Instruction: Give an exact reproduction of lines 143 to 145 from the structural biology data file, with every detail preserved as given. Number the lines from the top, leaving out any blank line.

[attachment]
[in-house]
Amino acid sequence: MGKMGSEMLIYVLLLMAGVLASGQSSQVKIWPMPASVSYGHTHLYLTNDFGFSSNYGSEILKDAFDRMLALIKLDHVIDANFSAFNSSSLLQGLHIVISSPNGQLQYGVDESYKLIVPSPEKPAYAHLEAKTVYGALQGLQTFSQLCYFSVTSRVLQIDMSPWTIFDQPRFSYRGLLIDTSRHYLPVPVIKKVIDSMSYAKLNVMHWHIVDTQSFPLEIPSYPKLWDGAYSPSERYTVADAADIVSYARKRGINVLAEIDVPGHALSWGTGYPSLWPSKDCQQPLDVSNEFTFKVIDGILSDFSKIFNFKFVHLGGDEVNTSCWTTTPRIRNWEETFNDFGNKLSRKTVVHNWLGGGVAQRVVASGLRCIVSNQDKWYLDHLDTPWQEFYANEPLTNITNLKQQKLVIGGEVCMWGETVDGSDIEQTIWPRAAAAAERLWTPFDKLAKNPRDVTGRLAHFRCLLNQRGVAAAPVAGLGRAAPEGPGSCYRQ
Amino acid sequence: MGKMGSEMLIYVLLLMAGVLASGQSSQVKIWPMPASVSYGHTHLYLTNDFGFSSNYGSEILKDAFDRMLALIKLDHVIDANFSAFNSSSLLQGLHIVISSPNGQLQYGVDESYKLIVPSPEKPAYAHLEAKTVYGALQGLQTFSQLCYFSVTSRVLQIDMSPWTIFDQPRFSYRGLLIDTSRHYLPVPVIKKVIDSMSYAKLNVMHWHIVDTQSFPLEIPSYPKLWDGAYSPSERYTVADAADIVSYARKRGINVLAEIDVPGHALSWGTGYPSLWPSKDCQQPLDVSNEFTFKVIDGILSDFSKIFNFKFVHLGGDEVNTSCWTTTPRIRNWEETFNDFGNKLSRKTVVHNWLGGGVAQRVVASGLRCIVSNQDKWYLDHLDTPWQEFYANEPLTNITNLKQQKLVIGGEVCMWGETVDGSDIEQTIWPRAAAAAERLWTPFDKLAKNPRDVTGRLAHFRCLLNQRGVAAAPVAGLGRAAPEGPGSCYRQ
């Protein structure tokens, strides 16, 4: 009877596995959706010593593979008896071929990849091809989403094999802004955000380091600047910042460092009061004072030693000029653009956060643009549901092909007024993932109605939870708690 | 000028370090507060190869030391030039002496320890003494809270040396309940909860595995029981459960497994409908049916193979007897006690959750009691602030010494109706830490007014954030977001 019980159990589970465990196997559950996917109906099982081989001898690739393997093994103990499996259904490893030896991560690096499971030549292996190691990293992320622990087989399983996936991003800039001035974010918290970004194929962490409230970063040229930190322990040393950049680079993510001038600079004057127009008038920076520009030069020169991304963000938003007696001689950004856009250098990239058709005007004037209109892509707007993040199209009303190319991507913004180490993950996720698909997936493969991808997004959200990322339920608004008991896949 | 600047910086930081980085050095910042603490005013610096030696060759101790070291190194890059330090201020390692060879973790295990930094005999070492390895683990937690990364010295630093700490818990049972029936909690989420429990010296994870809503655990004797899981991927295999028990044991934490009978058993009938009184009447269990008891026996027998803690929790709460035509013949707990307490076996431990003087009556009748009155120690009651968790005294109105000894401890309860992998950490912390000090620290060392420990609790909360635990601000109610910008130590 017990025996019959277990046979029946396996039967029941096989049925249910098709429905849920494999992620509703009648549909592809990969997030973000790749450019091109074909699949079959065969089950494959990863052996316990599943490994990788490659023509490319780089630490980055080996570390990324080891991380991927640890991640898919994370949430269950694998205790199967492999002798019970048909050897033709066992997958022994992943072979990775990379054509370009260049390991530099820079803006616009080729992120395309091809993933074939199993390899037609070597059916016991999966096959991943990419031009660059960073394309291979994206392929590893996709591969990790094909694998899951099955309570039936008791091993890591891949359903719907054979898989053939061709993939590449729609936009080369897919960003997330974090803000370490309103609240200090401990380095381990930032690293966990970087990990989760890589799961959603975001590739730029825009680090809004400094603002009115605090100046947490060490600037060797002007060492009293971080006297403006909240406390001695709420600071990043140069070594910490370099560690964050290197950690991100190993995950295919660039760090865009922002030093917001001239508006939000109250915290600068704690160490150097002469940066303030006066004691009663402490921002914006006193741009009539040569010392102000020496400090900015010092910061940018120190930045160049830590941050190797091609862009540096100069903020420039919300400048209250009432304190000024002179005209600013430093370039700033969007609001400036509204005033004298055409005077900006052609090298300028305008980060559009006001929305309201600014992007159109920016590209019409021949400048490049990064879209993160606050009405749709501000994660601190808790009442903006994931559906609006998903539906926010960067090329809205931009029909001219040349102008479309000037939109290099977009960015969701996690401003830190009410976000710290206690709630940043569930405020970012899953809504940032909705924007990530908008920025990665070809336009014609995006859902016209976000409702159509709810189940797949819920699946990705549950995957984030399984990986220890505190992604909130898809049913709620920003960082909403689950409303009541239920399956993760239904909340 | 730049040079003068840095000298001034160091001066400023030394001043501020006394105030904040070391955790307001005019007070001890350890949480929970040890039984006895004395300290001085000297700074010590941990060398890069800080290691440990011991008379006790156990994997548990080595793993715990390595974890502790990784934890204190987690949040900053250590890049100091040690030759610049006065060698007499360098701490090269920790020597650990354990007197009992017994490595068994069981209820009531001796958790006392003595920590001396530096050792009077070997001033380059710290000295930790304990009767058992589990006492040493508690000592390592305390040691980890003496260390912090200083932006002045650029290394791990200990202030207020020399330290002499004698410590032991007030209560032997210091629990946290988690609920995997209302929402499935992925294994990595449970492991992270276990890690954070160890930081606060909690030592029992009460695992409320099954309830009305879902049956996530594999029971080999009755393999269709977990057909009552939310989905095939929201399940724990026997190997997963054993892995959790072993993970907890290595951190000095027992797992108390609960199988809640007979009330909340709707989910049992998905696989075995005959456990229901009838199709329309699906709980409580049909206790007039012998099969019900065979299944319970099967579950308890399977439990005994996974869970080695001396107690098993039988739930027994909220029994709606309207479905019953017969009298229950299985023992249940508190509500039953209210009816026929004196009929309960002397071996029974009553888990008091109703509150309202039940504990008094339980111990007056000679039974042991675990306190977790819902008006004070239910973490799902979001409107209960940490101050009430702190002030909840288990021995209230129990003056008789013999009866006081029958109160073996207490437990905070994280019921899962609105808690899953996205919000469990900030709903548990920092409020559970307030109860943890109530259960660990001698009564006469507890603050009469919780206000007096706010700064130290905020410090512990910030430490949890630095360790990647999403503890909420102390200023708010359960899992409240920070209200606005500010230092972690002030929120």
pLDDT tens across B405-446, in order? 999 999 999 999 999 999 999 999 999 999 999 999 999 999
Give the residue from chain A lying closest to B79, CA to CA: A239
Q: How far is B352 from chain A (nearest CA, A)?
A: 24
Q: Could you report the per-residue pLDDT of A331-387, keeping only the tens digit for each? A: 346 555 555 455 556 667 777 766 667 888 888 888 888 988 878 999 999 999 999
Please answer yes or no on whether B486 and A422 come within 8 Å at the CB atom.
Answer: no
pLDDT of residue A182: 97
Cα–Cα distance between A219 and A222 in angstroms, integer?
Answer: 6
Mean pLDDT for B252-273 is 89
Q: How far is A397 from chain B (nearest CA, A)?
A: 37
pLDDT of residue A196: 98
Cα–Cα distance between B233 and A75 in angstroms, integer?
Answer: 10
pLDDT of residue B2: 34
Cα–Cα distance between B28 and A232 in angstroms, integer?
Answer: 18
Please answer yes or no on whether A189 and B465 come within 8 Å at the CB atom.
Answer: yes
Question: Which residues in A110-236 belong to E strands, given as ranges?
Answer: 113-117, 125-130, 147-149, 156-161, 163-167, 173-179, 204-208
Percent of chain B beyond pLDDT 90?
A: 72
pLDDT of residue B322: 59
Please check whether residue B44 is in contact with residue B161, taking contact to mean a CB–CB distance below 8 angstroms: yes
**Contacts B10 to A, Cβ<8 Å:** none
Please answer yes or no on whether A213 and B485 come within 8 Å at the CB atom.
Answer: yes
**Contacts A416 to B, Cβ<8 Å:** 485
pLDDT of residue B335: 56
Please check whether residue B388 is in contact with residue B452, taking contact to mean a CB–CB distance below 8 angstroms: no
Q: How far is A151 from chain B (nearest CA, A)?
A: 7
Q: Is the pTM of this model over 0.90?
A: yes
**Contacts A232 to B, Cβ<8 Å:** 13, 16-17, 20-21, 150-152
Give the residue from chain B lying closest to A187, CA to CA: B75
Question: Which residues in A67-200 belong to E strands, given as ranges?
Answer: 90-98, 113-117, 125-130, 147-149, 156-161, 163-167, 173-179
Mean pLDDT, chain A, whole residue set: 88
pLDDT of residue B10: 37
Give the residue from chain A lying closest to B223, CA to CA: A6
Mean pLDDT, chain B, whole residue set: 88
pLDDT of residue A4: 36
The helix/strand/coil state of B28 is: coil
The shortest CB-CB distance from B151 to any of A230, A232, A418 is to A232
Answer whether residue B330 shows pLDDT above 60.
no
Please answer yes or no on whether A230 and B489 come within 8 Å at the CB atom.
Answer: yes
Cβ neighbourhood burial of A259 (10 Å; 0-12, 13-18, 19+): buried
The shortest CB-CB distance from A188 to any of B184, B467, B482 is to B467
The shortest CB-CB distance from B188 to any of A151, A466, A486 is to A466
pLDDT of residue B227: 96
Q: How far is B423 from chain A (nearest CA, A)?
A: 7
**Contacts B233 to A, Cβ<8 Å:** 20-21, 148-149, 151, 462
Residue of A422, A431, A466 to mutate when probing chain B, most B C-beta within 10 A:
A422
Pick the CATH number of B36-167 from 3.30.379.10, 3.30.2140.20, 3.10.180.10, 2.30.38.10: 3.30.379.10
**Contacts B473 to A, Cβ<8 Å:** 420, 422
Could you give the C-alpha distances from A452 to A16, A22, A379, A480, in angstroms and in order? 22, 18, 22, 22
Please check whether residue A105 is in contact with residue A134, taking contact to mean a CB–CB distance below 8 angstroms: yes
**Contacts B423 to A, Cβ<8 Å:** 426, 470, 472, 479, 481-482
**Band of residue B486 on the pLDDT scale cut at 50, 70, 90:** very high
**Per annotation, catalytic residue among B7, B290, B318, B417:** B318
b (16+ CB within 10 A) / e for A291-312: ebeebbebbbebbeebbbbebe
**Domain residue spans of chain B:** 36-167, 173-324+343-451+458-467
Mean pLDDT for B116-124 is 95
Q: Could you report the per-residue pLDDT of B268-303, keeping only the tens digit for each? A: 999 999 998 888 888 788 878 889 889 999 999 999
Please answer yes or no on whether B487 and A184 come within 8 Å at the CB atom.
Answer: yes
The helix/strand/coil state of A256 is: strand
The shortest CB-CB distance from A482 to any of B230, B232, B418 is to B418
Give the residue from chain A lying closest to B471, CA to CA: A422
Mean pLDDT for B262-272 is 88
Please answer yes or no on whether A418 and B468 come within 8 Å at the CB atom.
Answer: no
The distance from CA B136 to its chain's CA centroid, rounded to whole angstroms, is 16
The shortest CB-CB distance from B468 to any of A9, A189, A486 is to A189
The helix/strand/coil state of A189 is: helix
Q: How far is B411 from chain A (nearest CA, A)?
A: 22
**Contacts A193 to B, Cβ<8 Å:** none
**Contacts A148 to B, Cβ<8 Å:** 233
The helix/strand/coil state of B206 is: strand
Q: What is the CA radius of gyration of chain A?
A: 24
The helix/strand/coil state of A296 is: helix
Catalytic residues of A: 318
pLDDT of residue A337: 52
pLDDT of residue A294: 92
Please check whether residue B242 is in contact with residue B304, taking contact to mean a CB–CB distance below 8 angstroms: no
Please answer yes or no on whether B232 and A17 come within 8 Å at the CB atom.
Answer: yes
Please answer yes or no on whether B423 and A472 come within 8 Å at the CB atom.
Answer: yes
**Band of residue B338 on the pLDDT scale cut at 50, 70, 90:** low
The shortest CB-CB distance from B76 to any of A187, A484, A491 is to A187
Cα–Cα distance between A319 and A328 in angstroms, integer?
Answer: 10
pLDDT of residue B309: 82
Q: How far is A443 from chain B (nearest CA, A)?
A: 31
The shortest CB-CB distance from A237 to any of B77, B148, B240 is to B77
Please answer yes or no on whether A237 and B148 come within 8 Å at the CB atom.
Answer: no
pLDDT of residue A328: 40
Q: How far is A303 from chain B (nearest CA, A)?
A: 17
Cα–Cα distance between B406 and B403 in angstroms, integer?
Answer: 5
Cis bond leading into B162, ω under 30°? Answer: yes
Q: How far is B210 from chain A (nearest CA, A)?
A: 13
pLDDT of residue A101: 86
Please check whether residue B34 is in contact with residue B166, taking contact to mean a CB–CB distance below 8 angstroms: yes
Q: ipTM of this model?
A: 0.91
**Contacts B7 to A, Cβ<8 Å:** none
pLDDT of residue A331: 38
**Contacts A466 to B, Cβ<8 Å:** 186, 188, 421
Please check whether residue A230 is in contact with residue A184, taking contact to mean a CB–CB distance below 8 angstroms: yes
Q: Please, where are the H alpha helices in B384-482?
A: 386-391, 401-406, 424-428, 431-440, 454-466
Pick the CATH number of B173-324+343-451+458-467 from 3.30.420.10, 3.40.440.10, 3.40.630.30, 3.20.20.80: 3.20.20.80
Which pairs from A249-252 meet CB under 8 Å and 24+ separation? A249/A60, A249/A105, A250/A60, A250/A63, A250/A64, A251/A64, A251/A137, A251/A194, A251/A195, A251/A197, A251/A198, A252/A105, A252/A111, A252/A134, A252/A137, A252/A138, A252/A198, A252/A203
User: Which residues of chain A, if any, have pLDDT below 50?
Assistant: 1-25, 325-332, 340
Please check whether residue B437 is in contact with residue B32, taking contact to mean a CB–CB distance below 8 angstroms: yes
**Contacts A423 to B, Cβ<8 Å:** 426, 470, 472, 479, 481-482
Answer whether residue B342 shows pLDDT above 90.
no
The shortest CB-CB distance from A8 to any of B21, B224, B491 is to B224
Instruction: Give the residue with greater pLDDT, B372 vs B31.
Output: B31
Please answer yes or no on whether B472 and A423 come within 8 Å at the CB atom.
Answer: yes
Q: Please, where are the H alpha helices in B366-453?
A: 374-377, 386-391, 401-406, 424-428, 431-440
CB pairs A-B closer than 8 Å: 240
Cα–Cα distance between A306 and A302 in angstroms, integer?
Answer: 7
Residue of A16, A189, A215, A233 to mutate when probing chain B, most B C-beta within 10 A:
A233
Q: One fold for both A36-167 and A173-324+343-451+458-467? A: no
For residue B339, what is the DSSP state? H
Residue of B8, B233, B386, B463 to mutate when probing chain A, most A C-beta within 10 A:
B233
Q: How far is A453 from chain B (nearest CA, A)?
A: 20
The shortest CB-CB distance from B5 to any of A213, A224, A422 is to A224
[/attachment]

Please answer yes or no on whether B472 and A423 come within 8 Å at the CB atom.
Answer: yes
Q: Please, where are the H alpha helices in B366-453?